What could be better than War Comics? Western comics! But what’s better than Western comics? Why it's surely when I don’t talk about comics at all, and start banging on about some book like I even know what the Hell I’m talking about! Truly, we here at The Savage Critics know how to serve your needs. Look, you’re probably going on holiday, so why not let a complete stranger recommend a really upsetting, but very well-written book? Dettol©® won’t help with this boo-boo, because this? This isn’t just violence, this is…GBH!
Anyway, this… GBH By Ted Lewis SOHO CRIME (Soho Press, Inc), h/b, £19.99 (2015)
As all connoisseurs of thatch-cheeked 1970s Brit-crime authors know, the very great Ted Lewis popped his clogs in 1982 so what we actually have here is a 2015 reprint of his final, sublimely unpleasant novel from 1980. This edition is ballyhooed as its first publication in America, so I thought I’d better let America know it was out, and what America has let itself in for. Then America can run out and buy it and tuck into the magic of Ted Lewis. Don’t make me feel like I’ve wasted my time here, America! I know you’re out there, America! I can hear you breathing.
First up, even if you don’t realise it you’re probably aware of Ted Lewis’ work from JACK’S RETURN HOME (1970) which was filmed in 1971 as “Get Carter” by Mike “Flash Gordon” Hodges. Everyone’s seen that one, and if they haven’t, well, they just aren’t trying and those people need to up their game; just like the poor in Cameron’s Britain. Word on the street is that it was also filmed Blaxploitation style(?) by George Armitage in 1972 as “Hit Man” starring Bernie Casey and Pam Grier. I haven’t seen that one, but I imagine it’s…something. In 2000 another movie called “Get Carter” appeared and I did see that one; it starred Sylvester “F.I.S.T” Stallone and it was…nothing. As remakes go it was like Blackpool Tower is to the Eiffel Tower. And I mean a plastic souvenir Blackpool Tower that’s fallen behind the radiator in that tat and crap shop; the one next to the fortune teller’s with the picture of Madame Zsa Zsa shaking Sid Little’s hand in the window. So successful was the 1971 movie that the novel was renamed thereafter, and even today Hodges’ movie remains an unsettlingly accurate visual record of a time and place best left gone. Due to its surface wit and style “Get Carter” is frequently perceived as a stylish lad flick, but it is in fact the deeply unpleasant story of a vile man who is quite happy dishing shit out but reacts quite badly when some of it splashes on him. There were two print sequels (JACK CARTER’S LAW (1974) and JACK CARTER AND THE MAFIA PIGEON (1977)) and while the quality decreases as the titles lengthen, neither are quite as pointless as the end of the original might lead you to believe. They are a good time, but not a great time, basically. From what I’ve read (7 of his 9 novels) Ted Lewis never actually wrote a wholly bad book as such and, even better, he wrote a couple of real corkers. GET CARTER being one and GBH being t’other.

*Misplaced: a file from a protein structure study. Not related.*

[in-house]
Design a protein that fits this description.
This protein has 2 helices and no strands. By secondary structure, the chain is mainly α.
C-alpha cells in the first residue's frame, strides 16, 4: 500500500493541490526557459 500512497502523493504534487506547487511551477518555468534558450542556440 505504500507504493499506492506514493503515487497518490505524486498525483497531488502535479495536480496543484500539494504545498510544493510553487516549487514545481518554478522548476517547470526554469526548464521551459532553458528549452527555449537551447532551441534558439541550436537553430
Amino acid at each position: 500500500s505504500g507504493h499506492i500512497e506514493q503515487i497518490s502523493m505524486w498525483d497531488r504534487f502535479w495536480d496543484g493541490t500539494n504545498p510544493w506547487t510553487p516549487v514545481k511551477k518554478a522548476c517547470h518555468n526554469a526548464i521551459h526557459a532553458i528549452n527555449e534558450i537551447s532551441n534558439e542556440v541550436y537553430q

GBH is often referred to as Lewis’ “lost masterpiece”; over here (in the UK; the clue’s in my name) it’s only seen print in 1980 and 1994, and in paperback at that. So you are being truly singled out for special attention, America. Don’t throw this back in Soho Press’ face! Anyway, “lost” means no one bought it, I guess, because in the 10 years since GET CARTER Lewis had written some good books but hadn’t had a run of consistent crackers like that one everyone liked, so he’d probably slipped out of the public eye somewhat. Also, drinking. Unfortunately there aren’t any hard and fast rules about booze and creativity; some authors thrive on it but, let’s face it, most only think they do. Largely because they are drunk and their senses are impaired, obviously. After five pints even a ceaseless self-loather like me thinks he’s fucking marvellous, so Christ alone knows what happens in writers’ heads, modest folk that they often be. Anyway, it was his liver to do with what he would. Where the booze paid off (that price – Lewis died at 42. Ker-ching! Beat that Hot UKDeals!) was in a pretty honest portrayal of it, particularly on these pages. Like many a man in a hard-boiled yarn George Fowler sucks the booze down like it’s going out of fashion. Unlike most men in hard-boiled yarns the liquor isn’t used to enhance his manliness (and by proxy that of the (mostly male) audience) but rather ends up unmanning him. George Fowler gets very drunk indeed and the man who wrote George Fowler knew what it was like to get very drunk indeed. Getting very drunk indeed doesn’t do anyone any favours; fact. And getting very drunk indeed is the last thing a man in George Fowler’s position needs. George Fowler needs his wits about him. Because George Fowler is trapped in Mablethorpe. Out of season.